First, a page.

The basic usefulness for green threads, the way I see it, is to implement a system in which you have a large amount of objects that do high latency operations. A concrete example would be communicating with other machines:
# Do stuff
request_information() # This call might block
# Proceed doing more stuff
Threads let you write the above code naturally, but if the number of objects is large enough, threads just cannot perform adequately. But you can use green threads even for in really large amounts. The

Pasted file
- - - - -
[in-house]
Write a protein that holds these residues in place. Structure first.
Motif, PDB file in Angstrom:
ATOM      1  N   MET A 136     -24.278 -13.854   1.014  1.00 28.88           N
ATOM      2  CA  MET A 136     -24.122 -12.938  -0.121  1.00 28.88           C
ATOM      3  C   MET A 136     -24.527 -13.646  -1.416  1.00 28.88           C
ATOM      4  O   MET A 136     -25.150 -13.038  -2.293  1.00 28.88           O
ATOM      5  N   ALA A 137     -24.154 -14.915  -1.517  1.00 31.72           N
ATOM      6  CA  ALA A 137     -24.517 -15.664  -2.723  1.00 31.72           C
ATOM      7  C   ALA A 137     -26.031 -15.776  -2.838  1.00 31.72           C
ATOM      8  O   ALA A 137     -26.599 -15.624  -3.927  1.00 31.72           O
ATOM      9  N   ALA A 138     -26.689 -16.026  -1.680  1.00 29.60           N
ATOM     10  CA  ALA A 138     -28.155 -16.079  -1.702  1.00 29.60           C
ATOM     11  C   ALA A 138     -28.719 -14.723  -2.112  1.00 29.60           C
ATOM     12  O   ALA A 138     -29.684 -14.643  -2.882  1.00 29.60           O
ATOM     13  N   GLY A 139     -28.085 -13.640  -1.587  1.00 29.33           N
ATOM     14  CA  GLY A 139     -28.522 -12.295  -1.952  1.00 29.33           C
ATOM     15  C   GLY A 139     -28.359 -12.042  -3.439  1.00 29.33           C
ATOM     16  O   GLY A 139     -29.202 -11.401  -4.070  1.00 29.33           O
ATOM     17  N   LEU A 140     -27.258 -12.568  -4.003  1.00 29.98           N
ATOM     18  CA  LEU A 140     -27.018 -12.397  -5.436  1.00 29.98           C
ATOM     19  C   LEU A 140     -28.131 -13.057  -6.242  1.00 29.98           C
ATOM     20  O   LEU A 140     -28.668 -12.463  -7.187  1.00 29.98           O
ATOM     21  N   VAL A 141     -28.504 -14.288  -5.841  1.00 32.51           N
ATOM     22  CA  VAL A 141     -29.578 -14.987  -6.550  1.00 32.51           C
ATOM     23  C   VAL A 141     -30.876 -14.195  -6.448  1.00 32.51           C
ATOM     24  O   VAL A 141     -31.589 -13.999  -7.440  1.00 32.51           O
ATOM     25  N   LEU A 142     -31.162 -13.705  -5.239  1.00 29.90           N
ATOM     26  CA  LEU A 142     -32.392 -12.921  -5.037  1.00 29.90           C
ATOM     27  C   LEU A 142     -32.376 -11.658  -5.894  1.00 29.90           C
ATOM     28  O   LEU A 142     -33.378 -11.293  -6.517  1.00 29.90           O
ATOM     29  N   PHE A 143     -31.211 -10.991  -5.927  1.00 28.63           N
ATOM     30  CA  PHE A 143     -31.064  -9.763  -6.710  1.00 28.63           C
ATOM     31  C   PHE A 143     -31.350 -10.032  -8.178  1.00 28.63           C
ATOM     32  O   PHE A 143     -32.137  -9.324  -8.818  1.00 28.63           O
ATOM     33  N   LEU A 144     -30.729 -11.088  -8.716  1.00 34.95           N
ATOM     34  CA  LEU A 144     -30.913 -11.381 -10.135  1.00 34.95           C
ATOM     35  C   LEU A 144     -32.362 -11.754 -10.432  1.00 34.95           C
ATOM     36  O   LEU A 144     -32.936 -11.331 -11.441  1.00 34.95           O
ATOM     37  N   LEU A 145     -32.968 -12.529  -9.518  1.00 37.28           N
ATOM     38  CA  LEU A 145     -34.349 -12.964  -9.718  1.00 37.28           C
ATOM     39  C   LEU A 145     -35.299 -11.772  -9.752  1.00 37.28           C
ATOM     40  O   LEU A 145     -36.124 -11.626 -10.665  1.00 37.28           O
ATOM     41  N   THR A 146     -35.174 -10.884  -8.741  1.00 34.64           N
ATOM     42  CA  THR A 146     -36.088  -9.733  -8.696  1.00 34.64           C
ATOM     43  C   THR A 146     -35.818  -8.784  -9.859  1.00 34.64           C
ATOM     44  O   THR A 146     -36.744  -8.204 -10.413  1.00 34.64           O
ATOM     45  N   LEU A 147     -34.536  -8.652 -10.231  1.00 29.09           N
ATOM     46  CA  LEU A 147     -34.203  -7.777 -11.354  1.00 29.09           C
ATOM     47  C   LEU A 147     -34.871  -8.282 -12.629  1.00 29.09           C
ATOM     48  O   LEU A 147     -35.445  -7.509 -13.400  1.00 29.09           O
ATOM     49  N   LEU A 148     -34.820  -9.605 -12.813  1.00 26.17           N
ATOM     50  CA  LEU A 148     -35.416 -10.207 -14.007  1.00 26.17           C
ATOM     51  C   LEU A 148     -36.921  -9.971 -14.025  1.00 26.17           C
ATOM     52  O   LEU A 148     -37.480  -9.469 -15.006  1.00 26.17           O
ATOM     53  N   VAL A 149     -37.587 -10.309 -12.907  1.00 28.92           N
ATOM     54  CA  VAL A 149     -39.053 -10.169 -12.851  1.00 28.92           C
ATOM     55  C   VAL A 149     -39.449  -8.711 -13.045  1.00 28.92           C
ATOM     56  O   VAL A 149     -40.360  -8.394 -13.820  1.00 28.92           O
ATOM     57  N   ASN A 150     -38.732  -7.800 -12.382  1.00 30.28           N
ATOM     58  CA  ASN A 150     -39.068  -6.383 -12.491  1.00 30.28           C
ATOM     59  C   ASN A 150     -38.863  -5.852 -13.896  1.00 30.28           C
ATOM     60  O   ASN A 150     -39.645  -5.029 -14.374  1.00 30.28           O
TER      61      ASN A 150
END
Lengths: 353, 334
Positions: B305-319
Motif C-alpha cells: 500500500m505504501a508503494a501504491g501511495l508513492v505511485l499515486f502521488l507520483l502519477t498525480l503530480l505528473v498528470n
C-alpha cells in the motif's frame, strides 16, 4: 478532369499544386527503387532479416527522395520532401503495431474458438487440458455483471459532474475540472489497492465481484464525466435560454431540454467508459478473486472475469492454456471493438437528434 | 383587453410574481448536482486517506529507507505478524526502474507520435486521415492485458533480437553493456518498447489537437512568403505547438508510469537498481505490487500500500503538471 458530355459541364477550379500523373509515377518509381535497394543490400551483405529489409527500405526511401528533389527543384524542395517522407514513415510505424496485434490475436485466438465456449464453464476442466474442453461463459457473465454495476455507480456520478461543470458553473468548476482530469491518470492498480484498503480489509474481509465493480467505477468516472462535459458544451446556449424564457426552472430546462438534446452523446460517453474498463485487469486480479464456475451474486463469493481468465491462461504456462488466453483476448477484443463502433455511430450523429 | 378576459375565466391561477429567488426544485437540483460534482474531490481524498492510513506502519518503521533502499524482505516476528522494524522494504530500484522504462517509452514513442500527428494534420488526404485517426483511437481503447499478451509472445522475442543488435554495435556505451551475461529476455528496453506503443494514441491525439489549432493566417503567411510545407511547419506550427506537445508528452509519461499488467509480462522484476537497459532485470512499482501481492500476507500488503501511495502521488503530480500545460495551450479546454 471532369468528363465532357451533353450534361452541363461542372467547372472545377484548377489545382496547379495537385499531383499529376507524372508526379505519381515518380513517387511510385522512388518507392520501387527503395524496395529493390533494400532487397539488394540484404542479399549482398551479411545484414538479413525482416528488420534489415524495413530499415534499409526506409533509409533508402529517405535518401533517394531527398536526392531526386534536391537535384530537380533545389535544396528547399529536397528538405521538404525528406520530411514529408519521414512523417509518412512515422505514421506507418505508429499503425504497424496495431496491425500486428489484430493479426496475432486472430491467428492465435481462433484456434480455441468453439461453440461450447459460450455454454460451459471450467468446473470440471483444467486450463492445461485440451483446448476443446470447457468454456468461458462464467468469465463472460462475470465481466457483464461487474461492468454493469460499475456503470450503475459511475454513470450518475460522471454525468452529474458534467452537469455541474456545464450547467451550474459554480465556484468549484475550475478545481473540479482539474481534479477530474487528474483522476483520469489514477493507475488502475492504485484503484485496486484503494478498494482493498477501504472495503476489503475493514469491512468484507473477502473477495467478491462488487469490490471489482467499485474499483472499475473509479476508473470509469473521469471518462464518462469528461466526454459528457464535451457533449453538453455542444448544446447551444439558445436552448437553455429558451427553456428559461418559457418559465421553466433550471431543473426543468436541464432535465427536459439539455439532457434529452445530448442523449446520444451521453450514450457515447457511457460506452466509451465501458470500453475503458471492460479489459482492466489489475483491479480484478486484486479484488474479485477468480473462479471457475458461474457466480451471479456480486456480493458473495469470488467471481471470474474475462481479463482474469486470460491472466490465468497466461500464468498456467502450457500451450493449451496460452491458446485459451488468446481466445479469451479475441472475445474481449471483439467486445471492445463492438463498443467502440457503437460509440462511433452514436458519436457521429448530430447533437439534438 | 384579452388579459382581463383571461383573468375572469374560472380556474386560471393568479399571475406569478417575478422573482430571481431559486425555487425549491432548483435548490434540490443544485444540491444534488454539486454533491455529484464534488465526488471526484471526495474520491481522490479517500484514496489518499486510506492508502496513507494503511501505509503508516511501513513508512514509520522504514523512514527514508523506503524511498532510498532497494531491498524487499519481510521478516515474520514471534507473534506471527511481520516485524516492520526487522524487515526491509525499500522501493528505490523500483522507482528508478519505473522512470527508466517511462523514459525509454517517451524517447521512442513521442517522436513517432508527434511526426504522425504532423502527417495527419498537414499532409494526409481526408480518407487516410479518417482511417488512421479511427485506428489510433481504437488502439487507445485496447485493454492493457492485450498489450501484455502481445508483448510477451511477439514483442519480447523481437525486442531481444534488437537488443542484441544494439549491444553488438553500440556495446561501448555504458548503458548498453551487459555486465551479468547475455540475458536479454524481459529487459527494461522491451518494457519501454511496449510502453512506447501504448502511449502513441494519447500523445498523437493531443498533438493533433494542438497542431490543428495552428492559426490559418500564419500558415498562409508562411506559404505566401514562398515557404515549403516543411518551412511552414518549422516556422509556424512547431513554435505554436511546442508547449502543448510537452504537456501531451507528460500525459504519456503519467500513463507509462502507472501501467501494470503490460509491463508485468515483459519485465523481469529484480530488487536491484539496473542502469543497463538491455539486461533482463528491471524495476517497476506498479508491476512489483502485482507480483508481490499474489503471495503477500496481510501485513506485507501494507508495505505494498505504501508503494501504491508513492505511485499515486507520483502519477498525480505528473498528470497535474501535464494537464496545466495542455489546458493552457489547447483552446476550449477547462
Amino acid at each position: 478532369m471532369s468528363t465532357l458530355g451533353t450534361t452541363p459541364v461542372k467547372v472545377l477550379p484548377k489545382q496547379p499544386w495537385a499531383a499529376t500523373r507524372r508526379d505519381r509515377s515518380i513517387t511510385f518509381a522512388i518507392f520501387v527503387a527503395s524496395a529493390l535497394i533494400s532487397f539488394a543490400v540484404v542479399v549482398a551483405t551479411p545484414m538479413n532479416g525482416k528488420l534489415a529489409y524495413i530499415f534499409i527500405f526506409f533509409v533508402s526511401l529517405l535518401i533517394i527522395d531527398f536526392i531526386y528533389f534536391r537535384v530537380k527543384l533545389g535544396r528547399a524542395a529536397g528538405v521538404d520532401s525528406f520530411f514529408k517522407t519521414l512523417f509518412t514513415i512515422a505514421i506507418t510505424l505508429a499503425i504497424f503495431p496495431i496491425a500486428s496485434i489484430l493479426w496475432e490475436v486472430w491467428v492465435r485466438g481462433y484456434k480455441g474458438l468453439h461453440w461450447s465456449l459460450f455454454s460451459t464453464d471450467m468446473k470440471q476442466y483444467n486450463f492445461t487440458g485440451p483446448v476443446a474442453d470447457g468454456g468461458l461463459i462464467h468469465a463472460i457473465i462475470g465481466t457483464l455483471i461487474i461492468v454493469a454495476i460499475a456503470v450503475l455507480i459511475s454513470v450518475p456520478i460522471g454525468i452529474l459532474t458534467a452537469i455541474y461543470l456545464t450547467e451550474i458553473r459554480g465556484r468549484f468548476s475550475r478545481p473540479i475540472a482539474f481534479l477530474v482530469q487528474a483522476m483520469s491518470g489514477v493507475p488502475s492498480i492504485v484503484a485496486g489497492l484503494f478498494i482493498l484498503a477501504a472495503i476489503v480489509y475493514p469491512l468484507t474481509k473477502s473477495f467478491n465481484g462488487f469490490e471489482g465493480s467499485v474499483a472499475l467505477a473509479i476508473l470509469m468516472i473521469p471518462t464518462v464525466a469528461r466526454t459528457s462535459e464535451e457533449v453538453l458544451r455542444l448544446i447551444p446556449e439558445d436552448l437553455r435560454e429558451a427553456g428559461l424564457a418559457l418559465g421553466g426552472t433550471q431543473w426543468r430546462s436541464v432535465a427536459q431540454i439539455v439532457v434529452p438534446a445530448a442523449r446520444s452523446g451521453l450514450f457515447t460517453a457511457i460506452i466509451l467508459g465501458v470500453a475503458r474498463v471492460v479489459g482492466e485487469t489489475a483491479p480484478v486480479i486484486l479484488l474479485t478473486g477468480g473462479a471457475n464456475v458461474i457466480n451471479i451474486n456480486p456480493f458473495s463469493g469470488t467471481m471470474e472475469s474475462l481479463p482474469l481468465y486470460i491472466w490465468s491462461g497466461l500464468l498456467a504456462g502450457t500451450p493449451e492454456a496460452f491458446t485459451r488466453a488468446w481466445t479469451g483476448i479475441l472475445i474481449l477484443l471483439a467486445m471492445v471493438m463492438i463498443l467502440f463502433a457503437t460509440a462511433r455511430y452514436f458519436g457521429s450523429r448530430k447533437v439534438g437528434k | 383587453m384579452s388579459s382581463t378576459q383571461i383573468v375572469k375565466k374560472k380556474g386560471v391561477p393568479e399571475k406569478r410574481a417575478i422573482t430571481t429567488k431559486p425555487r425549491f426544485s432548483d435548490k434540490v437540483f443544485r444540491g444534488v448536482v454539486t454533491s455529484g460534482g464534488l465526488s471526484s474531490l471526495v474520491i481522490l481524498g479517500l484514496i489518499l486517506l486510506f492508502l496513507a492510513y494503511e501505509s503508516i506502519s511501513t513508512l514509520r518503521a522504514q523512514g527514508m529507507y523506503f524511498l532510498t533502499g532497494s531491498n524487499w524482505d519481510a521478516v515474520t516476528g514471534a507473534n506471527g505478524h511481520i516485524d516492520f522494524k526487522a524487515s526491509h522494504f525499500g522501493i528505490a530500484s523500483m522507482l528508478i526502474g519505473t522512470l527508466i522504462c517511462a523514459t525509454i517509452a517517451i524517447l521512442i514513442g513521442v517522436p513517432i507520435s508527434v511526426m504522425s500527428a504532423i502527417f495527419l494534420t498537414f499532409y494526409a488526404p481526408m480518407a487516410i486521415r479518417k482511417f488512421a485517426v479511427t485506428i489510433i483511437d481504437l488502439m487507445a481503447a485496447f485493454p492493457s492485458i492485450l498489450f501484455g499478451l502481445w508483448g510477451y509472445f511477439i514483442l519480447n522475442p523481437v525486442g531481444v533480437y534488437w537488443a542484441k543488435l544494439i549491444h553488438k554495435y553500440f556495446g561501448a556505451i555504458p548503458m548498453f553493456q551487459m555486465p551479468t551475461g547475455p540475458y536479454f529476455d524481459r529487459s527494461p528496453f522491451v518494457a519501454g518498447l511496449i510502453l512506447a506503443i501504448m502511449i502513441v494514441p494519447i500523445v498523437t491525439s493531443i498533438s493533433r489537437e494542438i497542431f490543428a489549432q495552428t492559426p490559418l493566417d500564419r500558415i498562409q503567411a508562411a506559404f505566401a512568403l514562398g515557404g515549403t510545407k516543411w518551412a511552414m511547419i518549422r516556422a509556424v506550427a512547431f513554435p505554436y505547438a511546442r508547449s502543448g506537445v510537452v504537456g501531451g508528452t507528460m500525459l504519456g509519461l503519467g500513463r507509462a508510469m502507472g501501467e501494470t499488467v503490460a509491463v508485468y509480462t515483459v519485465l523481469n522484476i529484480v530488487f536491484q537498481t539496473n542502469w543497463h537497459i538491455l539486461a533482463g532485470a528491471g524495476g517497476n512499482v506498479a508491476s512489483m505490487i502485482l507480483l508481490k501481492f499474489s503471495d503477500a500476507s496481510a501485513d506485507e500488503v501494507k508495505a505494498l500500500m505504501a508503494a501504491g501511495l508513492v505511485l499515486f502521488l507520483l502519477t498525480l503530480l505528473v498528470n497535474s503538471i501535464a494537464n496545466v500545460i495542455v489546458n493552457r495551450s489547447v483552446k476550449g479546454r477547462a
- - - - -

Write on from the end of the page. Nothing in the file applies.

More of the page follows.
request_information() above could switch out to some scheduler where other work is waiting and return later. You get all the benefits of being able to call "blocking" functions as if they return immediately without using threads.
This is obviously very useful for any kind of distributed computing if you want to write code in a straightforward way.
It is also interesting for multiple cores to mitigate waiting for locks:
# Do some calculations
# Do some more calculations
green_lock function would basically attempt to acquire the lock and just switch out to a main scheduler if it fails due to other cores using the object.
Again, green threads are being used to mitigate blocking, allowing code to be written naturally and still perform well.